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bishops be admitted with the assent of the barons of the diocese, and parish priests with the assent of the parishioners; third, that they who are unfit for the pastoral charge, be removed from their benefices, and such others placed in their room as are able and willing to instruct the people by constant preaching; fourth, that in future, immoral and ignorant persons be excluded from the administration of the sacraments, and the other ecclesiastical functions."

Instead of soothing the Protestants by prudent concessions, the Convocation evaded or rejected their demands; and the Queen Regent, who had hitherto temporized between the parties, now proceeded with rigour against the Reformers, in obedience to commands she had recently received from her brothers. She publicly expressed her approbation of the decrees by which their principles were condemned; and summoned the most eminent Protestant preachers to appear before her council at Stirling.

The members of the Congregation, alarmed but not overawed by this menace, assembled in great numbers, according to the cus tom of Scotland at that time, to attend their pastors to the place of trial, to countenance and protect them. Dreading the ap proach of so formidable a party, the Regent deputed Erskine of Dun, a person of great authority among the Reformers, to assure them that she would put a stop to the present proceedings, if they would advance no farther. They listened with pleasure to a proposition so pacific: But the Regent forfeited her word, and proceeded to the trial of the persons formerly cited; against whom sentence of outlawry was passed, on account of their not appearing.

An artifice so mean and contemptible, excited the indignation of the whole body of the Protestants. Erskine himself, enraged at the Queen's deceitful conduct, instantly repaired to Perth, whither the leaders of the Protestants had retired, and where they boldly prepared for their defence. At that crisis, John Knox arrived from the Continent. That indefatigable preacher lost no time in confirming the resolution of the wavering, and stimulating their indignation against Popery. After Erskine had communicated to the Congregation the news of the impending danger, Knox mounted the pulpit, and declaimed with great vehemence against the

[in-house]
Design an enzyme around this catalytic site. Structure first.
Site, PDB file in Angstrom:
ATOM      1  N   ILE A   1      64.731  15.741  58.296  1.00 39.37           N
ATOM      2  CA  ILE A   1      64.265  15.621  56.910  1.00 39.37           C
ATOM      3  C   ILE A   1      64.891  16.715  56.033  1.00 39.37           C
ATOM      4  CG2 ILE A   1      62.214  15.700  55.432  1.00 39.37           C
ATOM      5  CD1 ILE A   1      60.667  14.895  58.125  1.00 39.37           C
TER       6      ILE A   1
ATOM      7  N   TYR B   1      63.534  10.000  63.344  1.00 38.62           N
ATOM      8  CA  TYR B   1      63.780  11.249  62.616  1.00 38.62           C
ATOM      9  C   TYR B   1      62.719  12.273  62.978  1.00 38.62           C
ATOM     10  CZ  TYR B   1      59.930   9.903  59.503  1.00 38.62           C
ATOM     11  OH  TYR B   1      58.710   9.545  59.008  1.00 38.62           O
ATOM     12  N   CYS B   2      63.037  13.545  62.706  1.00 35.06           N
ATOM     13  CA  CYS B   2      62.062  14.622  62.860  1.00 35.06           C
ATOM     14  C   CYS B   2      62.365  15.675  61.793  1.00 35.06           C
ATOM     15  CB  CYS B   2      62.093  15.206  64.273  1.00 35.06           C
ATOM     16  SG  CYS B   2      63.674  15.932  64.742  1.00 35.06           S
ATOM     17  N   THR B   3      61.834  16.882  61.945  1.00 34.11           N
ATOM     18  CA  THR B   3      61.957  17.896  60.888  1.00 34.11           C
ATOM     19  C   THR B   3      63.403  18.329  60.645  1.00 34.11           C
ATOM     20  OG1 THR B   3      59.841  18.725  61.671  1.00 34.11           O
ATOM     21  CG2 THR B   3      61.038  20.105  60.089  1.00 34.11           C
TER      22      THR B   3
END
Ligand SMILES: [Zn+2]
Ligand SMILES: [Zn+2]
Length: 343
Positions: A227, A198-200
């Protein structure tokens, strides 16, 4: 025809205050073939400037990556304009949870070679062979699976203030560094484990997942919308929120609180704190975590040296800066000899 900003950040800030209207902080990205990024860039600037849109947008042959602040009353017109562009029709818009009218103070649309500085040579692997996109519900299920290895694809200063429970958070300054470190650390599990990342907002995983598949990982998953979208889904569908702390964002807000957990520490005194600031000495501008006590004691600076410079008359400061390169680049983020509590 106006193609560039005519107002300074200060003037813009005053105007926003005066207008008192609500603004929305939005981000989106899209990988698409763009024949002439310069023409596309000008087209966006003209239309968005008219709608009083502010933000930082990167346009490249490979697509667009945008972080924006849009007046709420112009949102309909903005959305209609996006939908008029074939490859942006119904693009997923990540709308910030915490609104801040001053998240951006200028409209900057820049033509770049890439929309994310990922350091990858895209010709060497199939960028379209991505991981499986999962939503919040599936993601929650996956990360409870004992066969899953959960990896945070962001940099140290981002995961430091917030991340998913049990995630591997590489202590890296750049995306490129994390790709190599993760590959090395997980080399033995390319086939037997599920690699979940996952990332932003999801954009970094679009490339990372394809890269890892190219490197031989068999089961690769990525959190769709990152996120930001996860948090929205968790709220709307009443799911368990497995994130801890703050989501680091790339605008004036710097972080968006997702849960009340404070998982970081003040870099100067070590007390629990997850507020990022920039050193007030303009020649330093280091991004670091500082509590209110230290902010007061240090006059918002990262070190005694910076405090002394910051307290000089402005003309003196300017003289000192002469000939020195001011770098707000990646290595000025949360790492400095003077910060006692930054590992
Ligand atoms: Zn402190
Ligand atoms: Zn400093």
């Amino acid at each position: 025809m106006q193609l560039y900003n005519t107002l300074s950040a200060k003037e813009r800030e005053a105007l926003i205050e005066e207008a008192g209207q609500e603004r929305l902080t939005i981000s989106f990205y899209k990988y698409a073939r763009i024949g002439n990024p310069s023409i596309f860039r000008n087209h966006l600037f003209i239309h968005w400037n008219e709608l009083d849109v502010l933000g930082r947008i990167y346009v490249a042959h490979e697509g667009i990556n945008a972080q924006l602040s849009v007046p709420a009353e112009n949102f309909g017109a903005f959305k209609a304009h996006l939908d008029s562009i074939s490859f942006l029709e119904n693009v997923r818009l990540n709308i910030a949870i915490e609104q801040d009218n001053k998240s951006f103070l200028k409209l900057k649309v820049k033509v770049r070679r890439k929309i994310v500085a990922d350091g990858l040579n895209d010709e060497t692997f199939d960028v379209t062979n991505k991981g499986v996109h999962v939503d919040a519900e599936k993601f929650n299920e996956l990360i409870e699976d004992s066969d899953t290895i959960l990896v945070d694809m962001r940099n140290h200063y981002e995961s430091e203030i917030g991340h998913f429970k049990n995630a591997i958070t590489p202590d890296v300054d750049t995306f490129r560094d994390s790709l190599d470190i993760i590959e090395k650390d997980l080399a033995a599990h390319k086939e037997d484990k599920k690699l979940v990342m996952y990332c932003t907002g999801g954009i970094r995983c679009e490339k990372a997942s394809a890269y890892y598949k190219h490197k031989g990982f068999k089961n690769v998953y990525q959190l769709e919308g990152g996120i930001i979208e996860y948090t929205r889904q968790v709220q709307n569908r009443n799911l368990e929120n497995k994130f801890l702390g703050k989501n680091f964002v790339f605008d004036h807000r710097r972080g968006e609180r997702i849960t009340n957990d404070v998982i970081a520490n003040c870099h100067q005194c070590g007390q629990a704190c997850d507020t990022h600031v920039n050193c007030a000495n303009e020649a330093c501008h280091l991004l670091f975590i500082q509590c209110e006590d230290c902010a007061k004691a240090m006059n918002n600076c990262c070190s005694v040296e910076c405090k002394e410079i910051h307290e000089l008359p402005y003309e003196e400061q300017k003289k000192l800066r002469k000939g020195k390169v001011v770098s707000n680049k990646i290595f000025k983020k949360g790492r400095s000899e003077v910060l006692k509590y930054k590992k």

idolatry of the mass and image worship. The Congregation then quietly dismissed, except a few idle persons, who loitered in the church.

A priest was so imprudent as to uncover a rich altar-piece decorated with images, for the purpose of saying mass. A boy having uttered some reproachful epithets, was struck by the priest. The juvenile aggressor retaliated by throwing a stone; which broke one of the images. This served as a signal for a general assault. In the course of a few minutes, the images, the altar, and the ornaments of the church, were demolished, and trampled una der foot.

* With augmented rage and additional numbers, the assailants proceeded to the monasteries of the Gray and the Black Friars; which they instantly pillaged and laid in ruins. The costly edifice of the Carthusians underwent the same fate, notwithstanding the remonstrances of the Protestant leaders and the authority of the Magistrates, who interposed without effect. The inhabitants of Cupar in Fife soon after imitated this fury of devastation. Provoked at these outrages, the Queen Regent assembled an army, composed chiefly of French troops, and advanced towards Perth, to chastise the insurgents. The latter vigorously prepared to defend themselves; and, being joined by the Earl of Glencairn, with many of the nobility and gentry, they appeared formidable from their num bers and zeal.